Curium Properties, Molecular Formula, Applications - WorldOfChemicals

Curium Properties

Curium

Description

 

Curium is a synthetic radioactive transuranic element. It was named after Marie Sklodowska Curie and her husband Pierre Curie. Curium periodic table element is named after chemist and physicist Marie Curie. Curium was identified by Glenn Seaborg, Ralph James and Albert Ghiorso in 1944 at the wartime metallurgical laboratory at the University of Chicago. Its production was the result of helium-ion bombardment of radioactive element Plutonium-239. Curium is highly radioactive. As a metal, it is lustrous and silvery. It is malleable, chemically reactive and electropositive. Its surface rapidly oxidizes in air, gaining a thin film. In dilute solutions, it dissolves rapidly to form Cm (III) solutions. Curium metal exists in two crystal structures double-hexagonal close-packed, face-centered cubic close-packed.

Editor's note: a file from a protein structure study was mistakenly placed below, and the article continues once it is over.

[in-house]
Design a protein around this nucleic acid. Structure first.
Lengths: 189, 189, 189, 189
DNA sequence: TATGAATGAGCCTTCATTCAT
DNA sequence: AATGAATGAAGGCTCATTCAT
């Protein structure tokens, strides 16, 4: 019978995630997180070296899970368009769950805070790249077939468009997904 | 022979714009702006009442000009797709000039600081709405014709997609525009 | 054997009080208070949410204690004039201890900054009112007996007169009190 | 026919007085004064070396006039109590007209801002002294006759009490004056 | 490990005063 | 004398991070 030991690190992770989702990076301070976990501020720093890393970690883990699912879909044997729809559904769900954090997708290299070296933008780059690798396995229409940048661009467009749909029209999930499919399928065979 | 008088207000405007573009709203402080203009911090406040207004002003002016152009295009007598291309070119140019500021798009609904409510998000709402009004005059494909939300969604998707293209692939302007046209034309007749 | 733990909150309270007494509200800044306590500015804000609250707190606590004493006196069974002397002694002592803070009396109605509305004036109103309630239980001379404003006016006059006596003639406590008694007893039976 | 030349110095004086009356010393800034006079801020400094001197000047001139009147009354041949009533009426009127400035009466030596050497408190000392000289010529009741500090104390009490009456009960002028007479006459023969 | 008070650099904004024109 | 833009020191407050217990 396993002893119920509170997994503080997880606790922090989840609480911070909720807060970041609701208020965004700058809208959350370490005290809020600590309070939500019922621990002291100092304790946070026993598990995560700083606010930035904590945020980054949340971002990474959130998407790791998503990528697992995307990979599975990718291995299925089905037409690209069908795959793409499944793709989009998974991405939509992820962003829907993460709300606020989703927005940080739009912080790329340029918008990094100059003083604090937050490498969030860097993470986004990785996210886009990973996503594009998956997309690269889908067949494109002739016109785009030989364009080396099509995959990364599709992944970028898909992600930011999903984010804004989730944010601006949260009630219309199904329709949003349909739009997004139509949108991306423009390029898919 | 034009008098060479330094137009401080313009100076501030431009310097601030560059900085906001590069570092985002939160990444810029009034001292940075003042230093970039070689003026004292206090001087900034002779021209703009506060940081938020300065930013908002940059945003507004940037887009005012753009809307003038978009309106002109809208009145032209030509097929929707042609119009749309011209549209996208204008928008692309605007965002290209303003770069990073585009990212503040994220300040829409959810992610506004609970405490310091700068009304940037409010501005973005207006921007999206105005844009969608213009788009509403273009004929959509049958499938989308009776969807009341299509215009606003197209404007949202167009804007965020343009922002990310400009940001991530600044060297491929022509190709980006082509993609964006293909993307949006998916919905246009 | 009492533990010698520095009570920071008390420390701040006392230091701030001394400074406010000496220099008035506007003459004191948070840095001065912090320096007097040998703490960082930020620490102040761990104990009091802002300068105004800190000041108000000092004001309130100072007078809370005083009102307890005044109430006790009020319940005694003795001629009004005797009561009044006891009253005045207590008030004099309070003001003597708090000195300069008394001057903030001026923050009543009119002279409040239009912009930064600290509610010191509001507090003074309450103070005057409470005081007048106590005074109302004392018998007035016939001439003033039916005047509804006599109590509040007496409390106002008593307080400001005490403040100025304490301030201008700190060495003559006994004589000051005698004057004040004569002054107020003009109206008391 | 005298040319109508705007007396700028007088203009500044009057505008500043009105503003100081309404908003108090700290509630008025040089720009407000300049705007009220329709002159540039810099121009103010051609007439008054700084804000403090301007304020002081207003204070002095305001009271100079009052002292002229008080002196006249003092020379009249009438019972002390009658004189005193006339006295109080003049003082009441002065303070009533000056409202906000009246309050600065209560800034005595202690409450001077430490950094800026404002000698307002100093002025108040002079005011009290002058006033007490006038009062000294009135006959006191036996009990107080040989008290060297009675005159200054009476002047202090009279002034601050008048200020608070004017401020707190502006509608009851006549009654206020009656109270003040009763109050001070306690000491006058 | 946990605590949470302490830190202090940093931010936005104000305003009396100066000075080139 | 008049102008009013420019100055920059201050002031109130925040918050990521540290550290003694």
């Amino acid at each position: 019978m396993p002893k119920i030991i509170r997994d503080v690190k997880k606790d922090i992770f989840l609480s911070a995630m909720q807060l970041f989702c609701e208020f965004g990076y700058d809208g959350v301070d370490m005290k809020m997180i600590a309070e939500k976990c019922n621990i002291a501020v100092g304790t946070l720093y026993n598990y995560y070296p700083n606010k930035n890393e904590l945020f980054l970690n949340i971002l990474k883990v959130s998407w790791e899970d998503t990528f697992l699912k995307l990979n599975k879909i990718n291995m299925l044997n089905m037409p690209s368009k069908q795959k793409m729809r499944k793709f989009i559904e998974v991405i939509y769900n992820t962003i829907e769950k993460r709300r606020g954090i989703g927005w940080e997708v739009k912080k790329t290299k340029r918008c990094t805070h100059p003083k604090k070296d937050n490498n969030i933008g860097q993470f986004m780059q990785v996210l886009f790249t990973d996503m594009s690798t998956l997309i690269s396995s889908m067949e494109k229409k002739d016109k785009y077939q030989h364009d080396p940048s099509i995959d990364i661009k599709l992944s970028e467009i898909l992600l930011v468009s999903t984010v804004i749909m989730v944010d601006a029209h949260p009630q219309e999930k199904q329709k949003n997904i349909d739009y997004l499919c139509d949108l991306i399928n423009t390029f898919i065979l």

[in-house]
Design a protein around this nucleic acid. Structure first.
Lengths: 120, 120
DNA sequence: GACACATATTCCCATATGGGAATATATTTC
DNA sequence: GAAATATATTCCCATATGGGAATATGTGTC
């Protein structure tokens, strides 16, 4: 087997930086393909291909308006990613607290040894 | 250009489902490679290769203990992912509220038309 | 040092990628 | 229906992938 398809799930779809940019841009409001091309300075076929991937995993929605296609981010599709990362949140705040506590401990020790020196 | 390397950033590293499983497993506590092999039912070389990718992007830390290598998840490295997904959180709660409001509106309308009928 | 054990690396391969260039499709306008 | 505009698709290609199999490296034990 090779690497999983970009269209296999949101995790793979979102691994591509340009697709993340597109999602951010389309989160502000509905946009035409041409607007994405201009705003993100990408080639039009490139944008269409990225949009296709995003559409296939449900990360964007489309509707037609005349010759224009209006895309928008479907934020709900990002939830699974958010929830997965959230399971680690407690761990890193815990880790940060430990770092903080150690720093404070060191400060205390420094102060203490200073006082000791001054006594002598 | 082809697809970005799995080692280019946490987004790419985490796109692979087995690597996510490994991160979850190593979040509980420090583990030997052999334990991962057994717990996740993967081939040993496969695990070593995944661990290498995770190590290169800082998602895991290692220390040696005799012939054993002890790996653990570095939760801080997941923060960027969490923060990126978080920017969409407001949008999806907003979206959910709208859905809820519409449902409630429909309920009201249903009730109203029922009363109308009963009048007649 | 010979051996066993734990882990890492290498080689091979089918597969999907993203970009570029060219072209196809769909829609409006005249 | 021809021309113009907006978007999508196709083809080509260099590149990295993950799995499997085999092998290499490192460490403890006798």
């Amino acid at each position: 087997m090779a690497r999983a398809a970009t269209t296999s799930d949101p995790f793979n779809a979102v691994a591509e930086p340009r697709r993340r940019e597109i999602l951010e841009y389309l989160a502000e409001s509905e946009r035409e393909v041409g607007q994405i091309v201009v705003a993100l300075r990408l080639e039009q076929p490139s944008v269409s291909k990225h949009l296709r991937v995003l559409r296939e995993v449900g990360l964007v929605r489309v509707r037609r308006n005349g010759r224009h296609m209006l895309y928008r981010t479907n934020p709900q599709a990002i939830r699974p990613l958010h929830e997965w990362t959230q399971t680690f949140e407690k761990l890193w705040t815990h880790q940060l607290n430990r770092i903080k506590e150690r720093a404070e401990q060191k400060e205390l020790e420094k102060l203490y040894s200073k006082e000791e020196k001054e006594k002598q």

Chemical Properties

Appearance Silvery Solid
Atomic Number 96
Atomic Weight 247 g/mol
Block f
Boiling Point 3110 °C
CAS Number 7440-51-9
Crystal Structure Hexagonal Close-Packed
Density 13.51 g/cm3
Electron Configuration 1s2 2s2 2p6 3s2 3p6 3d10 4s2 4p6 5s2 4d10 5p6 4f14 5d10 6s2 6p6 5f7 6d1 7s2
Ionization Energy 581 KJ/mol
Melting Point 1340 °C
Oxidation State 4,3
Period 7
Symbol Cm
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